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Improved short coil correction factor for induction heating of billets
Norwegian University of Science and Technology, Trondheim, Norway .
KTH, School of Industrial Engineering and Management (ITM), Materials Science and Engineering, Materials Process Science.
2012 (English)In: 3rd International Symposium on High Temperature Metallurgical Processing, 2012, 373-382 p.Conference paper (Refereed)
Abstract [en]

To determine the heating rate of billets using 'short coils', an appropriate correction factor must be applied to the theoretical relationship. In 1945, Vaughan and Williamson published a semi-empirically modified Nagaoka coefficient applicable for moderate frequency induction heating processes (10 kHz). Recently it was demonstrated that the method of Vaughan and Williamson gives <10% error in the estimated power when heating aluminum billets at 50 Hz. In the present study, experiments have been conducted on aluminum billets in order to verify an empirical frequency corrected 'short coil' equation. Measurements of electrical conductivity (<± 0.5%), current (± 1%), heat (± 1-3%), and magnetic flux density (± 1-2%) have been performed. The results are compared with 1D analytical calculations, and 2D axial symmetric FEM modeling using COMSOL 4.2®. The frequency corrected equation has proven to provide accurate predictions of power (<4% error) within the frequency range 50 Hz to 500 kHz.

Place, publisher, year, edition, pages
2012. 373-382 p.
Keyword [en]
Billet, Heating, Induction, Magnetic field, Short coil
National Category
Materials Engineering
URN: urn:nbn:se:kth:diva-89169DOI: 10.1002/9781118364987.ch46ScopusID: 2-s2.0-84860809974ISBN: 978-111829141-2OAI: diva2:502771
3rd International Symposium on High-Temperature Metallurgical Processing - TMS 2012 Annual Meeting and Exhibition; Orlando, FL; 11 March 2012 through 15 March 2012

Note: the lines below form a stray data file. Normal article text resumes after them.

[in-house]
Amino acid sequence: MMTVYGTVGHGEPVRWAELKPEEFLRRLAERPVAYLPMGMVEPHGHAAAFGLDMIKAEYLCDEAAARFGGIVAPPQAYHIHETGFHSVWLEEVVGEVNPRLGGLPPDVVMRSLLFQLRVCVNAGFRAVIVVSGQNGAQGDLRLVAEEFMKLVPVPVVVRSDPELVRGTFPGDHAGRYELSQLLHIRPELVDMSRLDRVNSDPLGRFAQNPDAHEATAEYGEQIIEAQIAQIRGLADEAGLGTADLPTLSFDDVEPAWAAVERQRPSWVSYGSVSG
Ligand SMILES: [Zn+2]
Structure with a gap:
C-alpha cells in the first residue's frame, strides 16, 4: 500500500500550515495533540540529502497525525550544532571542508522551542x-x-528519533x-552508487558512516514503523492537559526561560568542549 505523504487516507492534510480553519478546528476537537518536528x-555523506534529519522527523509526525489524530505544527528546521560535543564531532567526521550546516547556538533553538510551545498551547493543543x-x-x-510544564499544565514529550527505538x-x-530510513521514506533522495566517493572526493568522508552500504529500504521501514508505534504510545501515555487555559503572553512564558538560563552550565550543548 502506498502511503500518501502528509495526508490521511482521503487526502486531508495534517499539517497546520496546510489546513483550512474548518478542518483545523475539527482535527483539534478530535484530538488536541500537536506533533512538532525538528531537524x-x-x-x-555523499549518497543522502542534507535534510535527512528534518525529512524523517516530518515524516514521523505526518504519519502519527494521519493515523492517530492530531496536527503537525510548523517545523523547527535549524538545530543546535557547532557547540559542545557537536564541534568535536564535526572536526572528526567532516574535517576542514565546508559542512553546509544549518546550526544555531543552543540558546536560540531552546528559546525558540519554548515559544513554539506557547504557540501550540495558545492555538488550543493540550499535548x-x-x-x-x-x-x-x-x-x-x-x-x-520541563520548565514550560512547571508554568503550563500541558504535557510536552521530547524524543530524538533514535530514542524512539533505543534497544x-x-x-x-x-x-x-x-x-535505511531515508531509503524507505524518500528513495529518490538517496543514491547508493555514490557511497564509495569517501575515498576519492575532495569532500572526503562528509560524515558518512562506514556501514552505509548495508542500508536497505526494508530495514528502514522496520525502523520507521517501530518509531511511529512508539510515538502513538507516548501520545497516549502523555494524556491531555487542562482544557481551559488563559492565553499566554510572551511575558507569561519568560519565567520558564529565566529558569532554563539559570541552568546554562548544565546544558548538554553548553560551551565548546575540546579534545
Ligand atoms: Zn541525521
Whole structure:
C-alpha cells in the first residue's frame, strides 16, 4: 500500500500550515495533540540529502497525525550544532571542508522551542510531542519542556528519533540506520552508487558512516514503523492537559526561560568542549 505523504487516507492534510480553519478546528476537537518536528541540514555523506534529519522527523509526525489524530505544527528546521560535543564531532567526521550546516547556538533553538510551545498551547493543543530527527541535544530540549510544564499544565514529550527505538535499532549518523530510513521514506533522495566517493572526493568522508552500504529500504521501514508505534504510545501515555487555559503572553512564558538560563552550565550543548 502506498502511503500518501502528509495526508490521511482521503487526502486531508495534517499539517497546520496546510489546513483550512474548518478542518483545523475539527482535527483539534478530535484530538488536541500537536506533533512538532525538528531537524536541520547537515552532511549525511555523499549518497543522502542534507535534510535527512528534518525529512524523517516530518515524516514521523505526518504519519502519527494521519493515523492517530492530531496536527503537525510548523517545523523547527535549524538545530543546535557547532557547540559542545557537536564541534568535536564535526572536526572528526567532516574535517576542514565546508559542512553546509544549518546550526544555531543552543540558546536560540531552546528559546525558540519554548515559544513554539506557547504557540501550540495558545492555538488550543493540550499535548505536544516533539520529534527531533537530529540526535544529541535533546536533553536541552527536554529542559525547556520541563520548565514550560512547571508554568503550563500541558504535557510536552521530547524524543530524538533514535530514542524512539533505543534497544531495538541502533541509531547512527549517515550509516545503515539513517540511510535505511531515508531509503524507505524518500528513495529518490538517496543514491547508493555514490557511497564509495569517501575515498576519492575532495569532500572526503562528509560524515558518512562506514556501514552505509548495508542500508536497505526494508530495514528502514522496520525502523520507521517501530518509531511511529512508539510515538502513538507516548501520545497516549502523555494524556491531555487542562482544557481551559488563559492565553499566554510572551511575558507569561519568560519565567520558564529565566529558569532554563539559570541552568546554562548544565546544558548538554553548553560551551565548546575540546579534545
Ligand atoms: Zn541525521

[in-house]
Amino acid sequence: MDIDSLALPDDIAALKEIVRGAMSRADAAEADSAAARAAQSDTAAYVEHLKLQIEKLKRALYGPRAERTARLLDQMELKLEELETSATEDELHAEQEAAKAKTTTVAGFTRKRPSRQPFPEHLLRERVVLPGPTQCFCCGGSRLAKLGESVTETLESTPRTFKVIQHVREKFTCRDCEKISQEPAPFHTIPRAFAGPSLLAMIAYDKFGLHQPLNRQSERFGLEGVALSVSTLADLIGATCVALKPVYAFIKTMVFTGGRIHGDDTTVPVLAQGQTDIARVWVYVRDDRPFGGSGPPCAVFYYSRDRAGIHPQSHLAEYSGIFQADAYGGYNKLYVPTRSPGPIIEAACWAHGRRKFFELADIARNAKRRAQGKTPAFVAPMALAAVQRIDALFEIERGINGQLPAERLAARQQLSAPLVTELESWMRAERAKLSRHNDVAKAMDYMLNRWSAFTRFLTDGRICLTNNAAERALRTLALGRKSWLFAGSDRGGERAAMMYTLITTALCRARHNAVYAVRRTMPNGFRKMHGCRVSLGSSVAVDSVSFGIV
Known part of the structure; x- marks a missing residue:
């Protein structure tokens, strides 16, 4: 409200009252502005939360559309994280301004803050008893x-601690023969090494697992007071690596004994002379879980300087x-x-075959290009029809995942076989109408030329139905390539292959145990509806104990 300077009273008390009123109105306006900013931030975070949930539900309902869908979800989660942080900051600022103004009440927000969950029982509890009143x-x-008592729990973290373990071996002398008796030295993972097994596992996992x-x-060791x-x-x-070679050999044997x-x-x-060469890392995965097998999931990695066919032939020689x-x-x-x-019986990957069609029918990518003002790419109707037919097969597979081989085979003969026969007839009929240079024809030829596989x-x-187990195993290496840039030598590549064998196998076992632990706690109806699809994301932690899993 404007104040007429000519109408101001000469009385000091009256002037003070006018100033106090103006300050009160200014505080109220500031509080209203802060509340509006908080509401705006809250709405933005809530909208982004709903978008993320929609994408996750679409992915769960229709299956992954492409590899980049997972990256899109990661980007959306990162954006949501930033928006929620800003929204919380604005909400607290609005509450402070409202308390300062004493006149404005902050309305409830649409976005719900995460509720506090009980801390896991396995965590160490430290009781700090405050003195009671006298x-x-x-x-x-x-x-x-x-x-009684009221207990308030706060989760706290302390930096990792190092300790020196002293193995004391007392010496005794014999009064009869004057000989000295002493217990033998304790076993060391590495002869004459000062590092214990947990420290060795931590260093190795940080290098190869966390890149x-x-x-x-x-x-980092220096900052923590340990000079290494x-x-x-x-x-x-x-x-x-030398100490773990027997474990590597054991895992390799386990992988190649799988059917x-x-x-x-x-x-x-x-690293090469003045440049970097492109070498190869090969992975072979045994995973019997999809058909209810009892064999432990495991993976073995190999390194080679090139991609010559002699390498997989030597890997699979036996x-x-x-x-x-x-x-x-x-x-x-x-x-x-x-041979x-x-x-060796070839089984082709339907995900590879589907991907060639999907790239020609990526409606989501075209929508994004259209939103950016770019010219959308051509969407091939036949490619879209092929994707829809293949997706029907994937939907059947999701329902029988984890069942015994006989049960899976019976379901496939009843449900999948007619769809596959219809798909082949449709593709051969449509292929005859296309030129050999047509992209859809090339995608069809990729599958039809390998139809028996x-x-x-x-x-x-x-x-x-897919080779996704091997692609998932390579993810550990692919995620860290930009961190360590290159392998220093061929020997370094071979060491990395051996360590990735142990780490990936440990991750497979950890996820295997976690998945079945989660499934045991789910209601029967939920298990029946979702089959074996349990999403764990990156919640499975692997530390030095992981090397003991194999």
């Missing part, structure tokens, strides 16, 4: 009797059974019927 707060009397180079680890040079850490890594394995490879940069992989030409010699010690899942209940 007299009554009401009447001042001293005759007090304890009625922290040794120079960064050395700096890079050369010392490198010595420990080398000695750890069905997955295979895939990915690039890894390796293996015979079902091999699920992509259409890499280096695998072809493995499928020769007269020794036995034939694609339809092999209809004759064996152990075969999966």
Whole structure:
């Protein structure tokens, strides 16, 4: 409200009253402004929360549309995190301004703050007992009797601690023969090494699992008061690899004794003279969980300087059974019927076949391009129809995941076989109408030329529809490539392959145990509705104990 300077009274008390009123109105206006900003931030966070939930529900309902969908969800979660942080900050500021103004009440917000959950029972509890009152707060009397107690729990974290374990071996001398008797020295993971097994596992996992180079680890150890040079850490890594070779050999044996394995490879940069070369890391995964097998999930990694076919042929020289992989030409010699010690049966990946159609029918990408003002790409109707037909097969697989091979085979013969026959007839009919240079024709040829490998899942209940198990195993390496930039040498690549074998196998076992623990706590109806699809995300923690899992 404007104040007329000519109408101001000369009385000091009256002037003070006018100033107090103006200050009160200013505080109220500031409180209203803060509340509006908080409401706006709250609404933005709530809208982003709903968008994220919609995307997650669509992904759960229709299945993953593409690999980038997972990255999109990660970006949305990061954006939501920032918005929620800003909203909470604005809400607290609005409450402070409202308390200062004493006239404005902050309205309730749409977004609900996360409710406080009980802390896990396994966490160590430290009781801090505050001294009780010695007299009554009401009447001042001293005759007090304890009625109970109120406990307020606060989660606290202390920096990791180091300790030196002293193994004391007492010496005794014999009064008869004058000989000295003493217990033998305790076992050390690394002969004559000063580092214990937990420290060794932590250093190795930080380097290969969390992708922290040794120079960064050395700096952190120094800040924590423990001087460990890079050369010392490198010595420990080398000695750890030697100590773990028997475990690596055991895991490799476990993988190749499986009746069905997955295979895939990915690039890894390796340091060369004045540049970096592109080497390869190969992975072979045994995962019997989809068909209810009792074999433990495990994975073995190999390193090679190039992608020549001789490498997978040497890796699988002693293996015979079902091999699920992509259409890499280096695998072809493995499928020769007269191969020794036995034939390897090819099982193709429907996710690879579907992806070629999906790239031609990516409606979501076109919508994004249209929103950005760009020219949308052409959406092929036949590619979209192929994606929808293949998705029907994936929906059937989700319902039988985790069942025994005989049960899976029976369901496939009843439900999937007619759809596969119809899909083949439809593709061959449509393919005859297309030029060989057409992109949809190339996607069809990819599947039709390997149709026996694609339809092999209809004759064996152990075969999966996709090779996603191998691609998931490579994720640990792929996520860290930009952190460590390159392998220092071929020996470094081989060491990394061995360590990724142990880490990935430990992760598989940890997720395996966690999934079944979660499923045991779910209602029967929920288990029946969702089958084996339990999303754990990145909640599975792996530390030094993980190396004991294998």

QC 20120803

Available from: 2012-02-14 Created: 2012-02-14 Last updated: 2013-09-11Bibliographically approved
In thesis
1. Magnetic Fields and Induced Power in the Induction Heating of Aluminium Billets
Open this publication in new window or tab >>Magnetic Fields and Induced Power in the Induction Heating of Aluminium Billets
2013 (English)Licentiate thesis, comprehensive summary (Other academic)
Abstract [en]

Induction heating is a common industrial process used for the reheating of billets before extrusion or forging. In this work the influence of the coil and work piece geometry, the effect of the electrical properties of the work piece, and the coil current and frequency, on the magnetic flux density and resulting work piece heating rates were studied. A combination of 1D analytical solutions, 2D axial symmetric finite element modelling and precise measurements has been used.

Dozens of heating and magnetic field experiments have been conducted, with steadily increasing sophistication and measurement accuracy. The development of the experimental techniques will be described in the ‘cover’ and related to the later results published in the supplements. Experimental results are compared to predictions obtained from analytical and numerical models. The published measurements obtained for the billet heating experiments consisted of: billet electrical conductivity with <0.5% error, applied currents with <1% error, magnetic flux densities with 1-2% error, calorifically determined heating rates with <2% error and electrical reactive power with <~2% error. 2 D axial symmetric finite element models were obtained, which describe the measured results with less than a 2% difference (i.e. an ‘error’ of the same magnitude as the measurement uncertainty). Heating and reactive power results predicted by the FEM model are in excellent agreement with analytical solutions from 50 Hz to 500 kHz (differences from <1% to 6%).

A modified 1D short coil correction factor is presented which accounts for the interaction of the coil and work piece geometry, electrical properties and operating frequency, on the average magnetic flux density of the coil/work piece air-gap and the resulting heating rate. Using this factor, the average magnetic flux density in the air-gap can be estimated analytically within 2-3% and the heating rates of billets of known electrical properties can be estimated, with typical errors on the order of 5%.

Place, publisher, year, edition, pages
Stockholm: KTH Royal Institute of Technology, 2013. xii, 57 p.
Induction, heating, billets, coils, magnetic fields
National Category
Materials Engineering
urn:nbn:se:kth:diva-123783 (URN)978-91-7501-810-2 (ISBN)
2013-06-11, Sal D41, Lindstedtsvägen 17, KTH, Stockholm, 14:00 (English)

QC 20130618

Available from: 2013-06-18 Created: 2013-06-18 Last updated: 2013-06-18Bibliographically approved

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Kennedy, Mark W.Aune, Ragnhild E.
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